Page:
Yesterday there was an article online in the Fox News Opinion section comparing the philosophy of Jesus Christ versus Ayn Rand. The author, Onkar Ghate, asserts in his final line that at this time in history America needs Ayn Rand and not the teachings of Jesus.
Before people begin to start throwing rotten tomatoes at Mr. Ghate, let me defend him a little bit. There are points in his article that are absolutely sound, namely the celebration of the emergence of the belief of the moral superiority of capitalism over the welfare state. Where Mr. Ghate goes awry is in his characterization of Christians and Christian teaching. To be fair, I do not believe it is a purposeful mischaracterization and I do not find his article malicious or attacking. But I did read it as written by someone who is largely unacquainted with Christianity.
Mr. Ghate begins his discussion on faith by referencing a group known as the American Values Network (AVN) who is sending out attack ads against Ayn Rand's work in Paul Ryan's district. The group is questioning how a person could be religious and read Ms. Rand, due to Ms. Rand's anti-religious stances (as if someone who was a Christian would suddenly stop believing in Christ after reading Rand). He correctly views this as a negative thing, but then begins to somewhat make the same point that AVN is making (unknowingly). It is as if there is no thought that a Christian could disagree with Ms. Rand on her anti-religious/pro-Reason beliefs and agree with her on her pro-capitalism stance.
(A quick, but important side note is that AVN is nothing more than a group of Progressives who are more about destroying the GOP and Paul Ryan than promoting "values" and the teachings of Jesus Christ. A quick review of their website will tell you that. Their scriptural gymnastics to support Leftist causes would be laughable, if it were not so sad and dangerous. Suffice to say, the ads that they are running are nothing short of religious manipulation using Rand's works as the means to accomplish their Progressive goals. I would also venture to guess that these are the same people who use the words of Jesus when convenient and disregard them when they are not).
In the middle of his article, Mr. Ghate becomes guilty of taking certain portions of Scripture (the Sermon on the Mount) and ignoring the rest. While Jesus did advocate meekness and self-sacrifice in the Sermon on the Mount, He also advocated mercy, justice, faith, and a whole host of teachings outside the Sermon on the Mount that would take too long to expound upon in this diary. One important note to point out though is that Jesus always boldly proclaimed truth and was certainly no promoter of group think. In fact, Jesus was constantly speaking against the religious leaders of the day and challenging their thought processes. In every sense of the word, He was the original revolutionary. These are aspects of Jesus and His teachings that were left out in Mr. Ghate's comparison of Ms. Rand's teachings and those of Christianity.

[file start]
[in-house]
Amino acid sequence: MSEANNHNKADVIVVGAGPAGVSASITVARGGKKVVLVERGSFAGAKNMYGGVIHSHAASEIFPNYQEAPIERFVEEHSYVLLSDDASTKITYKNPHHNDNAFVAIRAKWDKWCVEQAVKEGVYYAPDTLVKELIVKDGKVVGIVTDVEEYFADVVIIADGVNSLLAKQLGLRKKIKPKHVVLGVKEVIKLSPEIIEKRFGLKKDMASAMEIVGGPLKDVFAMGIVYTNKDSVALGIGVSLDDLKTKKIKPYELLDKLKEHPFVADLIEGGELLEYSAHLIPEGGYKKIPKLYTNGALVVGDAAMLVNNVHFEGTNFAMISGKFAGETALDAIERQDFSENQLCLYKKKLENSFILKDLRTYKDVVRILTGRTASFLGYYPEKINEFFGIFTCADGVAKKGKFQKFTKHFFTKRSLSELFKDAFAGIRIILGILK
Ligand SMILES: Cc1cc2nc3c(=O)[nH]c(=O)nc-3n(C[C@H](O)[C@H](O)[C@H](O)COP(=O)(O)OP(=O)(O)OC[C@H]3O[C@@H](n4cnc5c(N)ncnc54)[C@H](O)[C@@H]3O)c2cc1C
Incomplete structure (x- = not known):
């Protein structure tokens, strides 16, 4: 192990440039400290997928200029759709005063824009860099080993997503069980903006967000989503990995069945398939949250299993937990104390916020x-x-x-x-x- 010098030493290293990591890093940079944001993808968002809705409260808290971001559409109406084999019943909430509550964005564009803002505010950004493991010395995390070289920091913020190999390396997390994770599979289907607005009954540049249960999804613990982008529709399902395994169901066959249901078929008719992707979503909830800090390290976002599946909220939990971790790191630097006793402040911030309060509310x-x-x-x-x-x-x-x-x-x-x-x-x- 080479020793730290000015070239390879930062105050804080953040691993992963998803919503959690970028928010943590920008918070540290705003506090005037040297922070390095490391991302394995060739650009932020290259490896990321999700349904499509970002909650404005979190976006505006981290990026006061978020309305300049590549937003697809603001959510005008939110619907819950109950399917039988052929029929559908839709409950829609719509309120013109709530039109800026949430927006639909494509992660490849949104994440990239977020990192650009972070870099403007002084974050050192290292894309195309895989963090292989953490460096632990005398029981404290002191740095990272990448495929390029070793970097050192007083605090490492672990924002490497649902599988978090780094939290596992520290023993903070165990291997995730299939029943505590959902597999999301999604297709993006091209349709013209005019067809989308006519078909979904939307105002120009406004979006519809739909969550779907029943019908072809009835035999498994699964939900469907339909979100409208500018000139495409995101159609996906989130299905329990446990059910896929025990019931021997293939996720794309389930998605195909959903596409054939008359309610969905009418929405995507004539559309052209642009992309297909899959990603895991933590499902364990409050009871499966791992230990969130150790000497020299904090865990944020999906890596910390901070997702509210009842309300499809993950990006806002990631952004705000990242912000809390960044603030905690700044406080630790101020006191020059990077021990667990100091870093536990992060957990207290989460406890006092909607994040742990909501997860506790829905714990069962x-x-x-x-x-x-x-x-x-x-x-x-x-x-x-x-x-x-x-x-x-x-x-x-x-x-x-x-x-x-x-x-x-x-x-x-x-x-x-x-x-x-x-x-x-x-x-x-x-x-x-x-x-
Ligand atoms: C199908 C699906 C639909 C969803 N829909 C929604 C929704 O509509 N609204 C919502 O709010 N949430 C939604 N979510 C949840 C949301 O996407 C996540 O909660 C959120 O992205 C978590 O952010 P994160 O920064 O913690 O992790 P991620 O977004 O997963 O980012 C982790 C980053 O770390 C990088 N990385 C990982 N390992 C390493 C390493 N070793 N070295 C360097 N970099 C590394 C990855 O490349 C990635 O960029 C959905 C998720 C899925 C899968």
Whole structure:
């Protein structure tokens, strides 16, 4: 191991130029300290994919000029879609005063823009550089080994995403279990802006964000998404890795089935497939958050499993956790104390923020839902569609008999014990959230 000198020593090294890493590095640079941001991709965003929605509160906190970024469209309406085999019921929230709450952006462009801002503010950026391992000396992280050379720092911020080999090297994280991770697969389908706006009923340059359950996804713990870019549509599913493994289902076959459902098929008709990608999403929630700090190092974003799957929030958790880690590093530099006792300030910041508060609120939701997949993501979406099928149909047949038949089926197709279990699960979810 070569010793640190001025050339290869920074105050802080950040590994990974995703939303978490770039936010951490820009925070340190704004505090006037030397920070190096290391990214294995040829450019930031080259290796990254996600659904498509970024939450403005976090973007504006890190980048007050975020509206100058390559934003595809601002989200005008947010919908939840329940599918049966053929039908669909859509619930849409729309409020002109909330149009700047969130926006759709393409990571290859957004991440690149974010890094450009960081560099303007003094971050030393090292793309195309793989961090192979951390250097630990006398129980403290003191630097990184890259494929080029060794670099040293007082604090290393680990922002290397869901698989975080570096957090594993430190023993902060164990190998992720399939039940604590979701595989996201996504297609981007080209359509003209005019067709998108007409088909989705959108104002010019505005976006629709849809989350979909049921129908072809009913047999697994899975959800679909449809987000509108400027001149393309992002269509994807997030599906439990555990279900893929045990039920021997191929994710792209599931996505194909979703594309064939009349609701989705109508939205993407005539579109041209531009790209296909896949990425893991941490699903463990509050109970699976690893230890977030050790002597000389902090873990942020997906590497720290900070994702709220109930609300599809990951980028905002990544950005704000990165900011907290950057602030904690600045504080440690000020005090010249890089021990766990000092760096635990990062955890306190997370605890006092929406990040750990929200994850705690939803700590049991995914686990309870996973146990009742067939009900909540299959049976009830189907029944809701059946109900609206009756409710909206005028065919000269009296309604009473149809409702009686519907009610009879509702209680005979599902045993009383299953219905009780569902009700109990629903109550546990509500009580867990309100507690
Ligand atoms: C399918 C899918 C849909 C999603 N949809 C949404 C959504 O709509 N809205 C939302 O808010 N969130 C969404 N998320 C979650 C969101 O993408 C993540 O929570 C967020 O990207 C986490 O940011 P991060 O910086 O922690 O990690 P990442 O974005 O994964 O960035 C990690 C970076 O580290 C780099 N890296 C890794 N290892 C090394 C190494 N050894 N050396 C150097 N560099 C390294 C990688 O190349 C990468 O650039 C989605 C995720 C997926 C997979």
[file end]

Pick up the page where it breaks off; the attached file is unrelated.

After these comparisons, Mr. Ghate makes the rather odd assertion that the Founding Fathers would have had to reject the Sermon on the Mount in order to create America. This rather singular viewpoint would certainly have been news to Samuel Adams, whom Thomas Jefferson referred to as "the Man of the Revolution." Adams was a devout Christian who used his faith to justify and promote the Revolution and he was not the only one. Other notable Founders who were Christians were Patrick Henry, John Jay, Elias Boudinot, and John Witherspoon.
Apparently these Founding Fathers did not think they had to toss the Sermon on the Mount out the window to support the Revolution. On the contrary, they probably would have argued Matthew 5:6 in the Sermon on the Mount which states " Blessed are those who are hungry and thirsty for justice, for they shall receive it in full." Even Jefferson and Franklin, who were not of the Christian faith, believed the teachings of Jesus were good moral teachings and would not have seen them as a hindrance to advocating for the creation of America.
The bottom line is that even though there are significant differences between the philosophy of Ayn Rand and Jesus Christ, it is possible for a Christian to support the pro-capitalist stance of Ms. Rand while tossing out her anti-faith rhetoric. Unfortunately, this was not given as an option in Mr. Ghate's piece.
Mr. Ghate had an opportunity to refute the ridiculous maneuvers of AVN, but instead I fear he provided them with fresh ammunition. This will make it that much harder for Conservative Christians to refute AVN's nonsense. It is my sincere belief that all Conservatives desire to defeat socialism in this country whether they be people of faith or not. It would be valuable for us to remember at this time in our nation's history that our great nation was born out of an odd mix of Enlightenment ideals and Christian faith.
Maybe that is really what America needs right now.